Why pay for jobs (and not for tasks)?

Achim I. Czerny*, Mogens Fosgerau, Peter J. Jost, Jos N. van Ommeren

*Corresponding author for this work

Research output: Contribution to JournalArticleAcademicpeer-review

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Consider a principal who assigns a job with two tasks to two identical agents. Monitoring the agents’ efforts is costly. Therefore the principal rewards the agents based on their (noisy) relative outputs. This study addresses the question of whether the principal should evaluate the outputs of each task separately and award two winner prizes, one for each task, or whether it is better to award only one winner prize to the agent who performs the best over the two tasks. There are two countervailing effects. First, there is a prize-diluting effect, because for a given budget, the prizes will be smaller when there are two winner prizes than when there is only one winner prize. The prize-diluting effect reduces the agents’ incentives to invest their effort when there are two winner prizes. Second, there is a noise effect because the noisiness of the evaluation is reduced when there are two winner prizes. The main contribution of this study is to show that the prize-diluting effect dominates the noise effect. Hence, in general, principals will award prizes for combined tasks, and not for separate tasks. Several extensions are considered to test the robustness of this dominance result.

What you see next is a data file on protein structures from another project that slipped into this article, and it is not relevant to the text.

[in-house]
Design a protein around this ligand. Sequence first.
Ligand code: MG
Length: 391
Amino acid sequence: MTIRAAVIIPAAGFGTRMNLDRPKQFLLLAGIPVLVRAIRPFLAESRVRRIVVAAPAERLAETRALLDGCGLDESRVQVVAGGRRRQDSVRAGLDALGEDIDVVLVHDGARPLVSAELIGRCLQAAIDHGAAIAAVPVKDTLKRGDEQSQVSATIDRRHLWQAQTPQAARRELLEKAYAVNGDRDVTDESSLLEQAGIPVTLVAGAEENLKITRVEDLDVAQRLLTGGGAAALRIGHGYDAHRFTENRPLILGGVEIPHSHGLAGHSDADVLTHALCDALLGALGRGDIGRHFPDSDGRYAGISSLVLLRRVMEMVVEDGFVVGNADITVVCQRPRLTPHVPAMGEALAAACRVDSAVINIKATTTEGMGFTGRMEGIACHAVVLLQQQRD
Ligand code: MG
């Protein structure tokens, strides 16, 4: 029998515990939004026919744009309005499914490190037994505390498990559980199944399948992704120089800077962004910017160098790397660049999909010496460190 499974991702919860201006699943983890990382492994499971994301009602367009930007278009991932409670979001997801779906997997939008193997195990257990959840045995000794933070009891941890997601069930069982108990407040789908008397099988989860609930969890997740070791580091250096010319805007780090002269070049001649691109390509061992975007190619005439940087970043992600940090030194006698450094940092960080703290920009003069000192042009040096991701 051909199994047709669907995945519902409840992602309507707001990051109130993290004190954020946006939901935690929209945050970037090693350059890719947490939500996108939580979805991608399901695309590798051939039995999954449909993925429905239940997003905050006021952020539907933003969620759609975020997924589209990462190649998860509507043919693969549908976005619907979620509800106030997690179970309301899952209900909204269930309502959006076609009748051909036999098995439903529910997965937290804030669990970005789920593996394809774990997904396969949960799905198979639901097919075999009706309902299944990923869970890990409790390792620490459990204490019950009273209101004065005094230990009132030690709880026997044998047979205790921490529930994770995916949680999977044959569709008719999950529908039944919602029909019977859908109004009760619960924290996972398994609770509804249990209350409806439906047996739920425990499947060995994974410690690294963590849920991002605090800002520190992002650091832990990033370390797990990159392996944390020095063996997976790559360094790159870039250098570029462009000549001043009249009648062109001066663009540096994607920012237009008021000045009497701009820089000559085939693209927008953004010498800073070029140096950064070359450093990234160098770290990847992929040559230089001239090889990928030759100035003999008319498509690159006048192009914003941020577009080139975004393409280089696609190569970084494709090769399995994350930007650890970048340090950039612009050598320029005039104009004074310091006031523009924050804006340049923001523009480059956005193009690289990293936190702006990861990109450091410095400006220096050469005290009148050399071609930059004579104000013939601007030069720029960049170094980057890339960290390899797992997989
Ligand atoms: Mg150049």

Original languageEnglish
Pages (from-to)419-433
Number of pages15
JournalJournal of Economic Behavior and Organization
Early online date19 Nov 2019
Publication statusPublished - Dec 2019


  • Contests
  • Head starts
  • Log-concavity
  • Multi-task environments
  • Tournaments

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